Since the launch of the report, we have talked to many others working on big data initiatives in biomedical research and healthcare, including government departments and agencies, the BMA and the Wellcome Trust amongst others, and have looked for ways of putting our recommendations into practice. The issues that are pertinent now revolve, for example, around the trustworthiness of data-holding institutions particularly as these increasingly share data with third parties, be they academic researchers, administrative bodies, or commercial companies.

The views, opinions and positions expressed by these authors and blogs are theirs and do not necessarily represent that of the Bioethics Research Library and Kennedy Institute of Ethics or Georgetown University.

Bioethics Blogs

Bioethicists suggest broad consent for biobank research

It is still unclear what kind of consent should be used when collecting biological samples for future research. Different forms of consent are practiced, which creates another uncertainty: which research is actually permitted with the collected samples?

This haphazard situation leads to unintended constraints on research. But it also leads to research sometimes being carried out without consent.

Against this background, the US National Institutes of Health (NIH) organized a workshop to discuss whether it is ethically reasonable to manage these uncertainties by using broad consent for future research when collecting biological samples.

The group of bioethicists who attended the workshop, including Mats G. Hansson, recently published their thoughts and conclusions in the American Journal of Bioethics:

The group’s proposal is that broad consent is ethically reasonable and often the best option, if it has three components:

  1. Consent is conducted initially, in connection with sample collection.
  2. There is a system for oversight and approval of future research.
  3. As far as possible, there should be ongoing communication with, and information to, donors.

Biological samples are collected in a variety of contexts. It is here that the haphazard situation arises, if different forms of consent are used, or perhaps no consent at all. By initially informing potential donors of the wide range of research that can be carried out, they can take a position on risks and benefits of donation (given the oversight and the general conditions of the future research that they are informed about).

The group emphasizes that broad consent gives donors control over the use of samples, while minimizing costs and burdens for both donors and researchers.

The views, opinions and positions expressed by these authors and blogs are theirs and do not necessarily represent that of the Bioethics Research Library and Kennedy Institute of Ethics or Georgetown University.

Bioethics Blogs

Second issue of our newsletter about biobanks

Now you can read the second newsletter this year from CRB and BBMRI.se:

The newsletter contains four news items:

1. Anna-Sara Lind presents a new book, Information and Law in Transition, and the contributions to the book by CRB researchers.

2. Anna-Sara Lind describes the situation for the temporary Swedish law on research registries.

3. Mats G. Hansson reports on a modified version of broad consent for future research.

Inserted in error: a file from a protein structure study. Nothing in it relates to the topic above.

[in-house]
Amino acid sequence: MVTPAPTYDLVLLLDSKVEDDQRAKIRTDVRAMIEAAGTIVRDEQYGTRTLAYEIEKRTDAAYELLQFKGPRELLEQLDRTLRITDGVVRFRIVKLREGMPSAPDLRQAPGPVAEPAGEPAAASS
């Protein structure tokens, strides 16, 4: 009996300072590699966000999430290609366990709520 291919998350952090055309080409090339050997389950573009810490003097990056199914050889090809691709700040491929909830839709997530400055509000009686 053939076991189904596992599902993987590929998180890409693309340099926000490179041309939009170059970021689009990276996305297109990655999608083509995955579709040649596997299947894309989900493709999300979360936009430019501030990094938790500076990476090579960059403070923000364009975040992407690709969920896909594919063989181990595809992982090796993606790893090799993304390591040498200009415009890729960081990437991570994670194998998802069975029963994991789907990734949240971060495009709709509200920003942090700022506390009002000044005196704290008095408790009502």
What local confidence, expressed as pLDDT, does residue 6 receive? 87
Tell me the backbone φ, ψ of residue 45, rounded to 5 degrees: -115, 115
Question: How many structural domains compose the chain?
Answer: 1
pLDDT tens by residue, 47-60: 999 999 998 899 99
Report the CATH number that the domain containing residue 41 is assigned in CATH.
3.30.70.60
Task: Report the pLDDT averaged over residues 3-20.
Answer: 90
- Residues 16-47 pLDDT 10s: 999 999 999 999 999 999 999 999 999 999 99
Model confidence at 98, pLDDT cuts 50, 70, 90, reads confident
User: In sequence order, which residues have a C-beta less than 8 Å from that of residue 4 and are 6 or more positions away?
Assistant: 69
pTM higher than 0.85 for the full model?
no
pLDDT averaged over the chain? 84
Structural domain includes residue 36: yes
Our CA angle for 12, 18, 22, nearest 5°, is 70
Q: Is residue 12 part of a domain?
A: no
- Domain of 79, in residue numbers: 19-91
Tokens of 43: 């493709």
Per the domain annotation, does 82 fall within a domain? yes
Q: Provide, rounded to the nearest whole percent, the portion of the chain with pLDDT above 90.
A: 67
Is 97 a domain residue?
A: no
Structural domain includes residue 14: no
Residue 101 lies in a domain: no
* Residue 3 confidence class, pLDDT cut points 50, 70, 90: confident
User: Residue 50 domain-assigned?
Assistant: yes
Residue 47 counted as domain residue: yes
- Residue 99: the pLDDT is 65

4. Josepine Fernow presents a new article by Jennifer Viberg on the proposal to give research participants freedom of choice about incidental findings.

(Link to PDF version of the newsletter)

Pär Segerdahl

We recommend readings - the Ethics Blog

The views, opinions and positions expressed by these authors and blogs are theirs and do not necessarily represent that of the Bioethics Research Library and Kennedy Institute of Ethics or Georgetown University.

Bioethics Blogs

Research Ethics Roundup: Legal status of chimpanzees, paper microscopes, and more

As the April showers turn to May flowers, take a moment to check out some of the research ethics and oversight news that has been making headlines this month.

Should a Chimp Be Able to Sue its Owner?: Reporter Charles Siebert explores the work of lawyer Steven Wise and the Nonhuman Rights Project (NhRP), who are systematically filing court cases on behalf of animals with higher-order cognitive abilities such as chimpanzees, other members of the great ape family, orcas, dolphins, belugas, and elephants in an effort to expand the legal rights of animals. Wise and the NhRP, who hope to eventually convince a judge to recognize these higher-order animals as individuals that have a fundamental right not to be wrongfully imprisoned, are being met with both praise and criticism.

Science Tools Anyone Can Afford: Scientific research is not distributed equally around the world; the bulk of scientific research is conducted in only a few regions. To combat this inequity, Manu Prakesh, PhD, a biophysicist and assistant professor at Stanford University, is working to advance “frugal science” by creating and distributing powerful but inexpensive laboratory instruments to regions that have historically been left out of the production of scientific and biomedical research.

From Volunteers, A DNA Database: The Personal Genome Project, a collaboration between 16 research groups, aims to find 100,000 volunteers willing  to contribute data from their genomes, health records, microbiomes, and more. The success of the project depends on the willingness of participants to provide broad consent for the use of their health information.

The views, opinions and positions expressed by these authors and blogs are theirs and do not necessarily represent that of the Bioethics Research Library and Kennedy Institute of Ethics or Georgetown University.